Sons inherit more than just their dad’s money

father and son
Sons of successful fathers also inherit some their father’s intangible skills

Have you noticed how sons of successful fathers are usually successful too. In fact, the sons even do better than their fathers, often earning more than their fathers did. Is it just because of the father’s money? New research begs to differ.

An economics professor at the Brigham Young University has found that behind the success of a son who has a successful father is something more than money—intangibles such as smarts, advice or work ethic.

The researchers term these intangible assets as human capital. And they noticed that more than a father’s financial background and how much money he can pass on to his son, what matters in a son’s success to a large extent is the human capital the son inherits from the father.

The authors’ methodology builds on the following thought experiment. Take two smart, similarly skilled and educated fathers. Say one lived in a town with a robust labor market and he had a big salary. The other father wasn’t so lucky. He lived in a town with a depressed labour market, and had much lower earnings despite his comparable human capital. If money is the only thing that matters in the inter-generational transfer of income, then we’d expect that the son of the lucky father would end up with a higher income than the son of the unlucky father. However, if human capital matters, the two sons may end up with more similar incomes.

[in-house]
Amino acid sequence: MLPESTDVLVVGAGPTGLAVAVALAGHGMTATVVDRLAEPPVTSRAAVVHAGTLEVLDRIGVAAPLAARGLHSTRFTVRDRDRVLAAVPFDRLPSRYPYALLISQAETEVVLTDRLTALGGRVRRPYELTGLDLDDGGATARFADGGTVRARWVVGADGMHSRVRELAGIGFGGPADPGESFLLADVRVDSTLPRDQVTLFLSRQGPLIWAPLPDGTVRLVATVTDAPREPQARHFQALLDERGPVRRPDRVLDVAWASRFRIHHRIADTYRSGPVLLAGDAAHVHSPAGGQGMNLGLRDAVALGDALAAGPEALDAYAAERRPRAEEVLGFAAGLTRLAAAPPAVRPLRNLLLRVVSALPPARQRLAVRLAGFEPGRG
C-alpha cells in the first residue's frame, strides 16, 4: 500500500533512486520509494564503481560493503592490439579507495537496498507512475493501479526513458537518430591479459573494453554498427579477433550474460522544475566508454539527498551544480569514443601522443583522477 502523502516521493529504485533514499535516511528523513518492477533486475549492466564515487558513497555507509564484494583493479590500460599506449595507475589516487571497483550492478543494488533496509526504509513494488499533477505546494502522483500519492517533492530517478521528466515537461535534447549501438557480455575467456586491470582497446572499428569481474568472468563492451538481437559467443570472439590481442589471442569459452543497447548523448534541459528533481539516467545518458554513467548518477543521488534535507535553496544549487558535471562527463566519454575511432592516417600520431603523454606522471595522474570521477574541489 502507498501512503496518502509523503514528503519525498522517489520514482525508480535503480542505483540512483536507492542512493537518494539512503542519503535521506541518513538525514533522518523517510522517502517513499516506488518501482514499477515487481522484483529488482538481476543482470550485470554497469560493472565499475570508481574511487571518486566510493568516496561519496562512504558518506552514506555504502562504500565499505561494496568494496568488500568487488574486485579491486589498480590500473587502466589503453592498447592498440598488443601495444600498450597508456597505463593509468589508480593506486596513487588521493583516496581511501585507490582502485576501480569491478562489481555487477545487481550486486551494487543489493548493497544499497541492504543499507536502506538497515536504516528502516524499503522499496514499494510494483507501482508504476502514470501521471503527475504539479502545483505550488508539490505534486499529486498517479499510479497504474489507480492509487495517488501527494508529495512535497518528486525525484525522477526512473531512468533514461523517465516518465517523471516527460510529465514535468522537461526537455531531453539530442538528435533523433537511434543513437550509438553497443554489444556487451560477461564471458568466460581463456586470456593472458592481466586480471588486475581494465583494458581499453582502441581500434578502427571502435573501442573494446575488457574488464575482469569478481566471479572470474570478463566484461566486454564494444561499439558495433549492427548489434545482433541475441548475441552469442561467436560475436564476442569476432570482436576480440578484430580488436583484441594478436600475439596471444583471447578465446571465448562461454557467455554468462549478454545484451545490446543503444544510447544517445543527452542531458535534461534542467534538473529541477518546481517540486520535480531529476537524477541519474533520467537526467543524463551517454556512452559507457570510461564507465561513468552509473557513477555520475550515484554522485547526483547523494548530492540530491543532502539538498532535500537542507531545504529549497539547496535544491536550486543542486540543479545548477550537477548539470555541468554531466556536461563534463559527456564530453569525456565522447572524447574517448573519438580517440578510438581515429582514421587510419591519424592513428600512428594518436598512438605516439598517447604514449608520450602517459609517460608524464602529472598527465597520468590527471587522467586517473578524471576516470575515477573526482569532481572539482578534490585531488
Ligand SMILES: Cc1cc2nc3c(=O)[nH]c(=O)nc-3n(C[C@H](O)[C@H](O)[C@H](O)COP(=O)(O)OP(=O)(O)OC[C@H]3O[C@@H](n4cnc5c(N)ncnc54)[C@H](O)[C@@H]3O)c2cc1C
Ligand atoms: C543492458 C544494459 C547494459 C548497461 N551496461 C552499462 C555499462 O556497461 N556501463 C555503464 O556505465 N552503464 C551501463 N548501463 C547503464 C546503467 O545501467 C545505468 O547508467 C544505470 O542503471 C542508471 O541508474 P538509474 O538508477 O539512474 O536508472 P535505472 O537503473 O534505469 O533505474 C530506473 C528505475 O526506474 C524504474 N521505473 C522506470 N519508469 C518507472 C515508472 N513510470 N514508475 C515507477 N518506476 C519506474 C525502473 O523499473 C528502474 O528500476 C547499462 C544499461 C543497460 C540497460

To test this idea, the researchers used analysed government administrative data on a large sample of Swedish fathers with sons born between 1950 and 1965. The data included detailed information such as: salary information of fathers and sons in addition to education levels and the nature of their occupations [clues about fathers’ human capital]. Fathers that were highly educated or who worked in specialised jobs were considered to have higher human capital.

The first finding that emerged on analysing the data was that sons of high-income fathers too earned well. And the second finding was that money isn’t the only thing that matters—human capital passed on from father to son plays a key role in the son’s income.



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